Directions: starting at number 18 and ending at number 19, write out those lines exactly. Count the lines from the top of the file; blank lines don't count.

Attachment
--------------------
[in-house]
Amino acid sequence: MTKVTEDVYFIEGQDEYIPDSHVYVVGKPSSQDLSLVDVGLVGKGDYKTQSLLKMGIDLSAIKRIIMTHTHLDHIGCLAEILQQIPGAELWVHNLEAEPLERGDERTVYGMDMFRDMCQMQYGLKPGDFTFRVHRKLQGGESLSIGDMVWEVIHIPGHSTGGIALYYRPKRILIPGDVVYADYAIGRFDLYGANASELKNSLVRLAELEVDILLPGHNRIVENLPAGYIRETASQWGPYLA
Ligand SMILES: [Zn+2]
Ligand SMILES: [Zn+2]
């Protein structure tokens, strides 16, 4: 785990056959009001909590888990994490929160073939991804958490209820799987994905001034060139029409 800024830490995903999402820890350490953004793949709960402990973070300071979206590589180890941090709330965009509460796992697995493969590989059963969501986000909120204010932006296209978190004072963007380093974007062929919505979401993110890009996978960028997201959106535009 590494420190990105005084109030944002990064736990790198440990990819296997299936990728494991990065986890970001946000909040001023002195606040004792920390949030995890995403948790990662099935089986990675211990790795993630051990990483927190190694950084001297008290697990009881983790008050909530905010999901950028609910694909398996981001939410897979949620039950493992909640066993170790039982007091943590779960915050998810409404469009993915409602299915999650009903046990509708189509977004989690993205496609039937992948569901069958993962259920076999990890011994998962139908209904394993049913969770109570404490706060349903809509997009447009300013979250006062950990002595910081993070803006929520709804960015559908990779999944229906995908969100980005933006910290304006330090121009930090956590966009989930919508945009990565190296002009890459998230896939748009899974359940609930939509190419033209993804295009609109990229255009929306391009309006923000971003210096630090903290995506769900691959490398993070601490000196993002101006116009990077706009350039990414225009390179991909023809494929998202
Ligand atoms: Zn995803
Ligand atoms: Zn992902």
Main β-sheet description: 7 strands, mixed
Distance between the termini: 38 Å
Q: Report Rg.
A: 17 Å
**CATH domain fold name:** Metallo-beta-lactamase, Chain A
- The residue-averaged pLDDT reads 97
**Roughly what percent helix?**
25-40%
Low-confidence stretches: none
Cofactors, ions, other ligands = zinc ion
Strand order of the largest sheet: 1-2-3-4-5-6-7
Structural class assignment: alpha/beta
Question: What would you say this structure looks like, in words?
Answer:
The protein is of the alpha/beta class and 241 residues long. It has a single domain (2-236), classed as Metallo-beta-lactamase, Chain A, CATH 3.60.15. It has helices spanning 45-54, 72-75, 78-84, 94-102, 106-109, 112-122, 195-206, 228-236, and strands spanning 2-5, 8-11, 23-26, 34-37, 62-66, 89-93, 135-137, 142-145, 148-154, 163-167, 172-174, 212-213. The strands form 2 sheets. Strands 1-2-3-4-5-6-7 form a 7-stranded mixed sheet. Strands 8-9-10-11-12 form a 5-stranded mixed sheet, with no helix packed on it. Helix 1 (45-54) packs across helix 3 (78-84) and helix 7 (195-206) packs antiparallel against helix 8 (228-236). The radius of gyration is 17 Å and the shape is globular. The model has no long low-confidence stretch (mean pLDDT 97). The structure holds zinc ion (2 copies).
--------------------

Strand order of the largest sheet: 1-2-3-4-5-6-7
Structural class assignment: alpha/beta